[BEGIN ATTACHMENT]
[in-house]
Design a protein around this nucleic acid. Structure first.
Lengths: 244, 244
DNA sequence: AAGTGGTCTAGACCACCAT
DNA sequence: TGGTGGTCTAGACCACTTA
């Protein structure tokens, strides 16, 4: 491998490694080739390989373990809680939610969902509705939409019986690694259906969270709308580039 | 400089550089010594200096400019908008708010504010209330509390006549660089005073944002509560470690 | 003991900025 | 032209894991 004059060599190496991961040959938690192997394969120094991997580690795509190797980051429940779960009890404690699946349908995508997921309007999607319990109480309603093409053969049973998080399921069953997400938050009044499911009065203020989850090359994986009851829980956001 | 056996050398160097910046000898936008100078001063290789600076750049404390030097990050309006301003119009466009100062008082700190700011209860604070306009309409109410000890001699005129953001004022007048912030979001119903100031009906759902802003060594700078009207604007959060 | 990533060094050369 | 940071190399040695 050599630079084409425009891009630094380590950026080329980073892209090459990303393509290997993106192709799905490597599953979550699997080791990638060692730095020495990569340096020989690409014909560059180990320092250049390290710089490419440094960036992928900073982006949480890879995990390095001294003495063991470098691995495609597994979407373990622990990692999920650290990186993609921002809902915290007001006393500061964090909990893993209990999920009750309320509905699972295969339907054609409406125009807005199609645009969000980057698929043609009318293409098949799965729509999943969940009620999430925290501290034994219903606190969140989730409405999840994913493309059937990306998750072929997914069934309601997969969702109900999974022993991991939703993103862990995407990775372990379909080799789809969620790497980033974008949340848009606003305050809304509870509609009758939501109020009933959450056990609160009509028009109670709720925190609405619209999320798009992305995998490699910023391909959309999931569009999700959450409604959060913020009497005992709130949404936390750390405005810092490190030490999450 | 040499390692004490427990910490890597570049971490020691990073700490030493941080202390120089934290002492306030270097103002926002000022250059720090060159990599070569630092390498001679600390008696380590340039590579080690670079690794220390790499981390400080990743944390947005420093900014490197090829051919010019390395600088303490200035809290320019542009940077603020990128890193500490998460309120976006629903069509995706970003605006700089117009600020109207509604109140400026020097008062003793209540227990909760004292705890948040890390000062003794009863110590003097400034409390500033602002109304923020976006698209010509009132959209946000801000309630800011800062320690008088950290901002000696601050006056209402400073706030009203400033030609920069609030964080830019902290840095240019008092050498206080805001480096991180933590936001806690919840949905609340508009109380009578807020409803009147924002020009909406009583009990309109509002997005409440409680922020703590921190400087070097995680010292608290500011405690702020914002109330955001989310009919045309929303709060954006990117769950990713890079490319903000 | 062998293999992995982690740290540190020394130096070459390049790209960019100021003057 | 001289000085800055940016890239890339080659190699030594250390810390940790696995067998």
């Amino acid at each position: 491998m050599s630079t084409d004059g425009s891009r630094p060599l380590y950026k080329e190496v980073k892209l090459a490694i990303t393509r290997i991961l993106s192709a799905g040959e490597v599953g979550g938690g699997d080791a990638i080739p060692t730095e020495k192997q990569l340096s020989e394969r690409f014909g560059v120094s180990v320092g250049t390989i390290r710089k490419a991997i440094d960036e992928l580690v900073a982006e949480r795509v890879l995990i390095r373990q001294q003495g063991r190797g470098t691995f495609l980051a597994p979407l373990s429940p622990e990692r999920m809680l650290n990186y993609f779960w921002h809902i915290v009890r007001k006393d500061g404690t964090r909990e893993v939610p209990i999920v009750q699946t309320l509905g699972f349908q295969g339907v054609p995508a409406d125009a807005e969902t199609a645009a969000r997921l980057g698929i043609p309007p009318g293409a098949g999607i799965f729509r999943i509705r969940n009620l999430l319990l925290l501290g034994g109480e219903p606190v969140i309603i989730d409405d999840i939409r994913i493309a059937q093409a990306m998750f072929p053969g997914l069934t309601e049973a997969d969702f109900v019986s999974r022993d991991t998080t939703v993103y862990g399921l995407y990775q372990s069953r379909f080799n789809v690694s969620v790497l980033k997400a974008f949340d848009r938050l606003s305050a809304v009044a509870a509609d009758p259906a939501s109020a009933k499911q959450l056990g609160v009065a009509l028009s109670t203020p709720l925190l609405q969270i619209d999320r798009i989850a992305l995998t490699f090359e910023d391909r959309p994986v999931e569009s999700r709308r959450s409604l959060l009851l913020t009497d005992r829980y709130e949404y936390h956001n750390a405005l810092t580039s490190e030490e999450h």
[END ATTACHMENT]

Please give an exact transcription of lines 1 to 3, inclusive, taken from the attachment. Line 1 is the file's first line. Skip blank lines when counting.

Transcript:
[in-house]
Design a protein around this nucleic acid. Structure first.
Lengths: 244, 244